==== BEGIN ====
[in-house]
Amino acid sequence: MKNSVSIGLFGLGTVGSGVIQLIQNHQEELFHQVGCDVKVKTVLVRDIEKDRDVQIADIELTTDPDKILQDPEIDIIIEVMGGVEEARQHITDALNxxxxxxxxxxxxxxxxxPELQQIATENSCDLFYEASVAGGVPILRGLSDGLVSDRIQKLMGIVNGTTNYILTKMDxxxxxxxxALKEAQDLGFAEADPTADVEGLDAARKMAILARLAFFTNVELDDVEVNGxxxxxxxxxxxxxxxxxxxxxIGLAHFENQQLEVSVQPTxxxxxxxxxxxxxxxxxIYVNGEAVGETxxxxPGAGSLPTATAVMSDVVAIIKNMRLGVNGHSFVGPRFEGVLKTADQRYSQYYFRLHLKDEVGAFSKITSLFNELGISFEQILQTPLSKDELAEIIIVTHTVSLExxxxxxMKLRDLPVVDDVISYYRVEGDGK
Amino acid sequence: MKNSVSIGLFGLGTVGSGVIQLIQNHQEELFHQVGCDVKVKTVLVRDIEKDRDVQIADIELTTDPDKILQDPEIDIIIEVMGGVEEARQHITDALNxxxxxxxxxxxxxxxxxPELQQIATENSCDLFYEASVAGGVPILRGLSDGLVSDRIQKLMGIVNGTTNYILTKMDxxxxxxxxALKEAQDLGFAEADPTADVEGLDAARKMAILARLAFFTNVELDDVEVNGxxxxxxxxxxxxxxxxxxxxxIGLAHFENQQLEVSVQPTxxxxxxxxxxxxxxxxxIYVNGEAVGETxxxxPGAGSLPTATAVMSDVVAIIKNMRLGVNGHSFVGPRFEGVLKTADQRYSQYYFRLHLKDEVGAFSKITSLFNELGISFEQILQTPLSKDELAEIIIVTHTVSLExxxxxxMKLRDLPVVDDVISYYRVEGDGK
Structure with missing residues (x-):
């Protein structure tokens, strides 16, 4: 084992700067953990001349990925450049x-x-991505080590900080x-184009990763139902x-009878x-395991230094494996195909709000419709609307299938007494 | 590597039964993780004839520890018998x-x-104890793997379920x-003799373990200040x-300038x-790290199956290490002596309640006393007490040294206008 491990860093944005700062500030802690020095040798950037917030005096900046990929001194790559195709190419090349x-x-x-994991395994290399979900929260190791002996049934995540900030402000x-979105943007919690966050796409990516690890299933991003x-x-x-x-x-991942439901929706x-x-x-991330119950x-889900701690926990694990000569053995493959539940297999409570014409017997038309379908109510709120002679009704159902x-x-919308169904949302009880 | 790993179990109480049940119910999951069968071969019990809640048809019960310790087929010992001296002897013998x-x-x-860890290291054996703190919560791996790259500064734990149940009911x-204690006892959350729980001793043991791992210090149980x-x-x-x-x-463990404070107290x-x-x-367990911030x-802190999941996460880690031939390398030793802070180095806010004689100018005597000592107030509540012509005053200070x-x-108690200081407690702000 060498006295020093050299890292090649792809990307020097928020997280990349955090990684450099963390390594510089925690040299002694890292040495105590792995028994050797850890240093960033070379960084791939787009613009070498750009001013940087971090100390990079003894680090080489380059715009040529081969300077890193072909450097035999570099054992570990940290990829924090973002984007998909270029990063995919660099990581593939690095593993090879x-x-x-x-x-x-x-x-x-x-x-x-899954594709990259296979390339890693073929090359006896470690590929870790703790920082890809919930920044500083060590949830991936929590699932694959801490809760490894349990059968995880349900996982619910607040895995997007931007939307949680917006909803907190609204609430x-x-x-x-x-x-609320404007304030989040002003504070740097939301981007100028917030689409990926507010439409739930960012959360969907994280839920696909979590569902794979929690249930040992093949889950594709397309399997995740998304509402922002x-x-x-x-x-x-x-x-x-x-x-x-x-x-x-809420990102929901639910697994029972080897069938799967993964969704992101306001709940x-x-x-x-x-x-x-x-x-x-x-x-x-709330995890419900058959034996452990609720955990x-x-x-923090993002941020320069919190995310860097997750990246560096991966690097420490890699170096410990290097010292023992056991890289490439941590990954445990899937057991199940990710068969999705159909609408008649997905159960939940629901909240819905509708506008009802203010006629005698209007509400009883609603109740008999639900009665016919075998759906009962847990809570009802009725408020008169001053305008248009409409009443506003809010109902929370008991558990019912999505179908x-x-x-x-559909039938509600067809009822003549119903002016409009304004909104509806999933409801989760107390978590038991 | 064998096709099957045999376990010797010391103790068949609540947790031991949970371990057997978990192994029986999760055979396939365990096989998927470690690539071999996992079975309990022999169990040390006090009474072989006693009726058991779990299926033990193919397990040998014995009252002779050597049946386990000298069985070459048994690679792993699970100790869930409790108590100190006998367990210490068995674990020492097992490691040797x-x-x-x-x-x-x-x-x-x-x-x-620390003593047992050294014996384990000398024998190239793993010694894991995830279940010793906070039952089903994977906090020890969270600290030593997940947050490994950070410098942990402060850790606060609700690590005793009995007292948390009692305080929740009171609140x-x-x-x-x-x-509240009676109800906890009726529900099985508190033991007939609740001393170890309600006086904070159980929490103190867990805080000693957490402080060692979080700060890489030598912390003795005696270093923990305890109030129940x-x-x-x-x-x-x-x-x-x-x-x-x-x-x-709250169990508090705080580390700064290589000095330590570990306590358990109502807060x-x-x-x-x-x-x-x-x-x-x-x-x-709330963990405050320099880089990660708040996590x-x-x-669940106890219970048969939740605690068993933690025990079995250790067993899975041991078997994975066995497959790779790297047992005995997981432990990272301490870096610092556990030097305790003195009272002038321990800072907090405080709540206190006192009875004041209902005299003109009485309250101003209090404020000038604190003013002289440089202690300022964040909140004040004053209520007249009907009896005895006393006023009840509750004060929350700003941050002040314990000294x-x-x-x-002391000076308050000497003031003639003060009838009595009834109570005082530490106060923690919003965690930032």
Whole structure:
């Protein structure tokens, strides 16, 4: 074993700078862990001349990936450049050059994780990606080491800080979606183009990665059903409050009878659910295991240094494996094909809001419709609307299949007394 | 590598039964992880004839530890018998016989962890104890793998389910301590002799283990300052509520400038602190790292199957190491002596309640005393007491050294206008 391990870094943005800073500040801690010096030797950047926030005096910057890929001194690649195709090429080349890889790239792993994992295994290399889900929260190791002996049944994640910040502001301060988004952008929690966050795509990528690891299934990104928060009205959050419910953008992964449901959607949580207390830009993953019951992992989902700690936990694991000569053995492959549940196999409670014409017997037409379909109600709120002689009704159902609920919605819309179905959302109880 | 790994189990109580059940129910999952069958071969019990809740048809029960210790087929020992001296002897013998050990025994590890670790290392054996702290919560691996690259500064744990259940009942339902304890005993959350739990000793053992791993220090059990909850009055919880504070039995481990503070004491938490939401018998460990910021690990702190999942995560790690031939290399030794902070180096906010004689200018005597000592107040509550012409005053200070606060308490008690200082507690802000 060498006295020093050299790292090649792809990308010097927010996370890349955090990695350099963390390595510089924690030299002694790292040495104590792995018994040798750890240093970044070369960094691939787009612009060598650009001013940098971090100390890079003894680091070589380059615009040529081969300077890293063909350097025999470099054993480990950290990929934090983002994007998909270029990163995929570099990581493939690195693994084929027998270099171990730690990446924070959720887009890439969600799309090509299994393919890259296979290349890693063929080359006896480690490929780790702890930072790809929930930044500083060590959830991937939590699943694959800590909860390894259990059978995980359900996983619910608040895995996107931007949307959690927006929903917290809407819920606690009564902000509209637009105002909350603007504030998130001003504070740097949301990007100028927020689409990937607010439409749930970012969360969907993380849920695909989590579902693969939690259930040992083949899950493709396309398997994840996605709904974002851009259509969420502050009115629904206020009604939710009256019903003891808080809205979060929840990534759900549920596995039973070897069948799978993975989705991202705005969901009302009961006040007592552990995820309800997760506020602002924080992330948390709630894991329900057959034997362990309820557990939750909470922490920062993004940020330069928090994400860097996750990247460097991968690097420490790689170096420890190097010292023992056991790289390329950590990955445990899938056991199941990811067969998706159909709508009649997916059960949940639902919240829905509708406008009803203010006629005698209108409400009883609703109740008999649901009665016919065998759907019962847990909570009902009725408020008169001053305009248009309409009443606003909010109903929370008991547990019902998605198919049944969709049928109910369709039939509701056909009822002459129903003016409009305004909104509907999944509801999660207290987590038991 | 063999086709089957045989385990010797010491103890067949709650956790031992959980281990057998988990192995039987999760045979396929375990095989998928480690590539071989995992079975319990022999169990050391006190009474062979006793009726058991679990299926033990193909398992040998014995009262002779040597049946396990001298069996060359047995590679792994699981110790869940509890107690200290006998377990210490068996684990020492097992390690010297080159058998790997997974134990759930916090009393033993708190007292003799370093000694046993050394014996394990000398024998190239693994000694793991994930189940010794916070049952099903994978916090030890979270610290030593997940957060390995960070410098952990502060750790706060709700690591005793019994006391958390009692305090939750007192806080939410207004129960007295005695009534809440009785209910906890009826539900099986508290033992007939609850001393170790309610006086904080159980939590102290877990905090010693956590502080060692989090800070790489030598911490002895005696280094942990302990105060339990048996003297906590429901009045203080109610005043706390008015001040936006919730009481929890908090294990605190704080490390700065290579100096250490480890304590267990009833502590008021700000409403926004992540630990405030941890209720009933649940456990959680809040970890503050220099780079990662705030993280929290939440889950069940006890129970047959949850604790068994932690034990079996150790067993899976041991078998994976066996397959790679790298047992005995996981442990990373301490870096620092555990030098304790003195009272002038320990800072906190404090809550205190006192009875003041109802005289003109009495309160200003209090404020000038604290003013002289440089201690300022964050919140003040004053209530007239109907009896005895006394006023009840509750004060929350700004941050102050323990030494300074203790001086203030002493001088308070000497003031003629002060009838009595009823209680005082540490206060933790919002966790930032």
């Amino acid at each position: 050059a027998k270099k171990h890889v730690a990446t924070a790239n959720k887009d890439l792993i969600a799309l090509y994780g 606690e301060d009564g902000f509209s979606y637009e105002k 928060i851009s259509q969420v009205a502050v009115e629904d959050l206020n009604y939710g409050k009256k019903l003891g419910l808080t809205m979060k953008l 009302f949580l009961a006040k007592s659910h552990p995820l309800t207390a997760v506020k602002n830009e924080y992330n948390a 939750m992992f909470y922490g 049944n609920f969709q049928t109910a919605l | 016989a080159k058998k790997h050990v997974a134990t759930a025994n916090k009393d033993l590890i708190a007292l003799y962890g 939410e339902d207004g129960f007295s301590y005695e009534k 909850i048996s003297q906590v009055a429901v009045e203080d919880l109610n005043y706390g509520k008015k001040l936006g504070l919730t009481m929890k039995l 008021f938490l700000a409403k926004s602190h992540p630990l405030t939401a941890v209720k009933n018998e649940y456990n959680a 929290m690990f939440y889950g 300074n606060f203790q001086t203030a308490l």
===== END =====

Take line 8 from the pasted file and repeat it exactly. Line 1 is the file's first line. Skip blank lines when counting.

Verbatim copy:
């Amino acid at each position: 050059a027998k270099k171990h890889v730690a990446t924070a790239n959720k887009d890439l792993i969600a799309l090509y994780g 606690e301060d009564g902000f509209s979606y637009e105002k 928060i851009s259509q969420v009205a502050v009115e629904d959050l206020n009604y939710g409050k009256k019903l003891g419910l808080t809205m979060k953008l 009302f949580l009961a006040k007592s659910h552990p995820l309800t207390a997760v506020k602002n830009e924080y992330n948390a 939750m992992f909470y922490g 049944n609920f969709q049928t109910a919605l | 016989a080159k058998k790997h050990v997974a134990t759930a025994n916090k009393d033993l590890i708190a007292l003799y962890g 939410e339902d207004g129960f007295s301590y005695e009534k 909850i048996s003297q906590v009055a429901v009045e203080d919880l109610n005043y706390g509520k008015k001040l936006g504070l919730t009481m929890k039995l 008021f938490l700000a409403k926004s602190h992540p630990l405030t939401a941890v209720k009933n018998e649940y456990n959680a 929290m690990f939440y889950g 300074n606060f203790q001086t203030a308490l």